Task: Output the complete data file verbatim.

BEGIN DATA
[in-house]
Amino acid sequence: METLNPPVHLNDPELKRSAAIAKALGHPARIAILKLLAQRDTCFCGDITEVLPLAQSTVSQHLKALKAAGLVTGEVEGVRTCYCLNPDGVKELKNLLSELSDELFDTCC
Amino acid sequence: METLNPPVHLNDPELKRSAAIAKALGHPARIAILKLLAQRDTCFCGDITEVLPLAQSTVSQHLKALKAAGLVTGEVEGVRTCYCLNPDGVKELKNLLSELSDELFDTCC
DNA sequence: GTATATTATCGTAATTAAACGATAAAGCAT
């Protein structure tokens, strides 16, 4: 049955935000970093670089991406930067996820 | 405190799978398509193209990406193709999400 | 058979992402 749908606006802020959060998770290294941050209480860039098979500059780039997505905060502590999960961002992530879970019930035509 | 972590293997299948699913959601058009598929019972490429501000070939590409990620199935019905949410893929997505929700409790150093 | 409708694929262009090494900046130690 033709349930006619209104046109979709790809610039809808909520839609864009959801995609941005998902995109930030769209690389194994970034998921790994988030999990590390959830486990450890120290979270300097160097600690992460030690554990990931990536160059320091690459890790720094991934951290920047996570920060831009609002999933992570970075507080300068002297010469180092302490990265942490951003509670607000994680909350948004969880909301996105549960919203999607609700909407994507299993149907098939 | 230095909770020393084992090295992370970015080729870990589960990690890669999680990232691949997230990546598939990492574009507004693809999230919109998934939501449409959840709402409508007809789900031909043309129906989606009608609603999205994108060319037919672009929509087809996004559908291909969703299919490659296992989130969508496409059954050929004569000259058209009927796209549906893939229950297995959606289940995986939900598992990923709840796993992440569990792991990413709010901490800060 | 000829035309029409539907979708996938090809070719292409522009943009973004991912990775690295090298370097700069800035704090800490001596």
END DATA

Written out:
[in-house]
Amino acid sequence: METLNPPVHLNDPELKRSAAIAKALGHPARIAILKLLAQRDTCFCGDITEVLPLAQSTVSQHLKALKAAGLVTGEVEGVRTCYCLNPDGVKELKNLLSELSDELFDTCC
Amino acid sequence: METLNPPVHLNDPELKRSAAIAKALGHPARIAILKLLAQRDTCFCGDITEVLPLAQSTVSQHLKALKAAGLVTGEVEGVRTCYCLNPDGVKELKNLLSELSDELFDTCC
DNA sequence: GTATATTATCGTAATTAAACGATAAAGCAT
């Protein structure tokens, strides 16, 4: 049955935000970093670089991406930067996820 | 405190799978398509193209990406193709999400 | 058979992402 749908606006802020959060998770290294941050209480860039098979500059780039997505905060502590999960961002992530879970019930035509 | 972590293997299948699913959601058009598929019972490429501000070939590409990620199935019905949410893929997505929700409790150093 | 409708694929262009090494900046130690 033709349930006619209104046109979709790809610039809808909520839609864009959801995609941005998902995109930030769209690389194994970034998921790994988030999990590390959830486990450890120290979270300097160097600690992460030690554990990931990536160059320091690459890790720094991934951290920047996570920060831009609002999933992570970075507080300068002297010469180092302490990265942490951003509670607000994680909350948004969880909301996105549960919203999607609700909407994507299993149907098939 | 230095909770020393084992090295992370970015080729870990589960990690890669999680990232691949997230990546598939990492574009507004693809999230919109998934939501449409959840709402409508007809789900031909043309129906989606009608609603999205994108060319037919672009929509087809996004559908291909969703299919490659296992989130969508496409059954050929004569000259058209009927796209549906893939229950297995959606289940995986939900598992990923709840796993992440569990792991990413709010901490800060 | 000829035309029409539907979708996938090809070719292409522009943009973004991912990775690295090298370097700069800035704090800490001596």